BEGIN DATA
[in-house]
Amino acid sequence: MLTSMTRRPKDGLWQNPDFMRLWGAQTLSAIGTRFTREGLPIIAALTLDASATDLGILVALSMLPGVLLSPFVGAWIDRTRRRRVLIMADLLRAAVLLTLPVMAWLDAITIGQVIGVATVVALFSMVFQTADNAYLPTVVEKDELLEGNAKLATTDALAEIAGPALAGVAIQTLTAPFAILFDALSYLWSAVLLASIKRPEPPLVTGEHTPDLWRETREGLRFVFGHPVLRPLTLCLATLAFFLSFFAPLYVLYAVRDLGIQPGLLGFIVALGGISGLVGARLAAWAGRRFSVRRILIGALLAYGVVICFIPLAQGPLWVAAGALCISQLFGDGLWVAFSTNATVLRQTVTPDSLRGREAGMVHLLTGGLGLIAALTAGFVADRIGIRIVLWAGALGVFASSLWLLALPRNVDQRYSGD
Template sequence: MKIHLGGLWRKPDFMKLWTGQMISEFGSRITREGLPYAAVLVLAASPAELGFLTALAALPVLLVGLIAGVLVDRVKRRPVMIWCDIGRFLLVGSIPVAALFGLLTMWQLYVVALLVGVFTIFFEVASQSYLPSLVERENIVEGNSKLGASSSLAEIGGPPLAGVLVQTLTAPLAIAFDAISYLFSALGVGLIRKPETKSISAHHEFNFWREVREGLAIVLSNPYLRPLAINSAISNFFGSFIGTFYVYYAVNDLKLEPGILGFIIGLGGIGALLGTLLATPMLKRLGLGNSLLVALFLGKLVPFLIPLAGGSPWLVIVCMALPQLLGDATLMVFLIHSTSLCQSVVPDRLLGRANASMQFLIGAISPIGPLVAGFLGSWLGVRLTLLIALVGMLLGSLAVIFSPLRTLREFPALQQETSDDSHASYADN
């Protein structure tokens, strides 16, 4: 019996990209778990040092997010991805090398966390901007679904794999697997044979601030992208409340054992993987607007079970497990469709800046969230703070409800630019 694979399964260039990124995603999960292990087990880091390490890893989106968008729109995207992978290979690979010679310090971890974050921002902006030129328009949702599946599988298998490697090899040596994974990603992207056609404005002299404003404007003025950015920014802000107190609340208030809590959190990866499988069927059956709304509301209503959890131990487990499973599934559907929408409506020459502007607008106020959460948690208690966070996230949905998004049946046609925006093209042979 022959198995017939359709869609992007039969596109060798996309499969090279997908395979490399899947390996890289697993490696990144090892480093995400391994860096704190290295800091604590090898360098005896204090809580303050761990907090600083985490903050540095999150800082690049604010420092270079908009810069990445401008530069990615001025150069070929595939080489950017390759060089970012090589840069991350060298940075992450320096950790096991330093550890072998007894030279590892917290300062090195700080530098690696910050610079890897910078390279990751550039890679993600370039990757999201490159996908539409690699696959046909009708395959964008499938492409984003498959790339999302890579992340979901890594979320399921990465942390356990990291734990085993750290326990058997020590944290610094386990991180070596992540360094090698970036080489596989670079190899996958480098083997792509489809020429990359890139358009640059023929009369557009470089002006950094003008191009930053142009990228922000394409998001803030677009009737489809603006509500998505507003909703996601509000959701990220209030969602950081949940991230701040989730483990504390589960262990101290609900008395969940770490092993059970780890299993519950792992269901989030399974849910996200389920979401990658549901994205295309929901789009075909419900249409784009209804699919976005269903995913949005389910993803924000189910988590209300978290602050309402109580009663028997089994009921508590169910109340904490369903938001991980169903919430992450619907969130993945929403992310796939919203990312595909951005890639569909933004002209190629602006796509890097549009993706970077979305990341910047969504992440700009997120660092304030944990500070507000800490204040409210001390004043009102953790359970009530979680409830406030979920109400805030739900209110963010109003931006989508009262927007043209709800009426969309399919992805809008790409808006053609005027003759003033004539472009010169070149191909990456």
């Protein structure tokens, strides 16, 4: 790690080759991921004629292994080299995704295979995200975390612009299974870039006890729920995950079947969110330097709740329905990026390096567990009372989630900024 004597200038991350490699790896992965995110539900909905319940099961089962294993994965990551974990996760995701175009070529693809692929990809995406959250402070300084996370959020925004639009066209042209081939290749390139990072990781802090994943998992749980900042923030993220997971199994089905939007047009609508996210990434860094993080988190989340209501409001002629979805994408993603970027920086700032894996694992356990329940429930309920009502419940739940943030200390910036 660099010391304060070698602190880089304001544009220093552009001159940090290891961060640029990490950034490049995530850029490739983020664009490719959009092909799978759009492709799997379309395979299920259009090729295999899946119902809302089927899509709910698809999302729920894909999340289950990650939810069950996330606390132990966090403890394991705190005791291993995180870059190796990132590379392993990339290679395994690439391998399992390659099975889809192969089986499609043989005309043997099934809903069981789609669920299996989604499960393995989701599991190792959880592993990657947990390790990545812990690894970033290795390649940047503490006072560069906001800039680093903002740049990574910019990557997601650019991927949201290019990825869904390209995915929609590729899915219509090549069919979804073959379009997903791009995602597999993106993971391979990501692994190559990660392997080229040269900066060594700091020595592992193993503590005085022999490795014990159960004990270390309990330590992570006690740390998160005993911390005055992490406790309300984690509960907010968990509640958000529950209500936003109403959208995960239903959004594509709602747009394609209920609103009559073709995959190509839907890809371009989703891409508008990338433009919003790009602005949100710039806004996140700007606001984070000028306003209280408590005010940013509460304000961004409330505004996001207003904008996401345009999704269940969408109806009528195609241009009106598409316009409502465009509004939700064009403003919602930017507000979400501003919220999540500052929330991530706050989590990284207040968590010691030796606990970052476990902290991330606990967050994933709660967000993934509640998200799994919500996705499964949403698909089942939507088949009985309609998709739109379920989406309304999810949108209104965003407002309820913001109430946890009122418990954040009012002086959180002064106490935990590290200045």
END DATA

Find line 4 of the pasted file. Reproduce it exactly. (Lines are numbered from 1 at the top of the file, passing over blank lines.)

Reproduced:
């Protein structure tokens, strides 16, 4: 019996990209778990040092997010991805090398966390901007679904794999697997044979601030992208409340054992993987607007079970497990469709800046969230703070409800630019 694979399964260039990124995603999960292990087990880091390490890893989106968008729109995207992978290979690979010679310090971890974050921002902006030129328009949702599946599988298998490697090899040596994974990603992207056609404005002299404003404007003025950015920014802000107190609340208030809590959190990866499988069927059956709304509301209503959890131990487990499973599934559907929408409506020459502007607008106020959460948690208690966070996230949905998004049946046609925006093209042979 022959198995017939359709869609992007039969596109060798996309499969090279997908395979490399899947390996890289697993490696990144090892480093995400391994860096704190290295800091604590090898360098005896204090809580303050761990907090600083985490903050540095999150800082690049604010420092270079908009810069990445401008530069990615001025150069070929595939080489950017390759060089970012090589840069991350060298940075992450320096950790096991330093550890072998007894030279590892917290300062090195700080530098690696910050610079890897910078390279990751550039890679993600370039990757999201490159996908539409690699696959046909009708395959964008499938492409984003498959790339999302890579992340979901890594979320399921990465942390356990990291734990085993750290326990058997020590944290610094386990991180070596992540360094090698970036080489596989670079190899996958480098083997792509489809020429990359890139358009640059023929009369557009470089002006950094003008191009930053142009990228922000394409998001803030677009009737489809603006509500998505507003909703996601509000959701990220209030969602950081949940991230701040989730483990504390589960262990101290609900008395969940770490092993059970780890299993519950792992269901989030399974849910996200389920979401990658549901994205295309929901789009075909419900249409784009209804699919976005269903995913949005389910993803924000189910988590209300978290602050309402109580009663028997089994009921508590169910109340904490369903938001991980169903919430992450619907969130993945929403992310796939919203990312595909951005890639569909933004002209190629602006796509890097549009993706970077979305990341910047969504992440700009997120660092304030944990500070507000800490204040409210001390004043009102953790359970009530979680409830406030979920109400805030739900209110963010109003931006989508009262927007043209709800009426969309399919992805809008790409808006053609005027003759003033004539472009010169070149191909990456």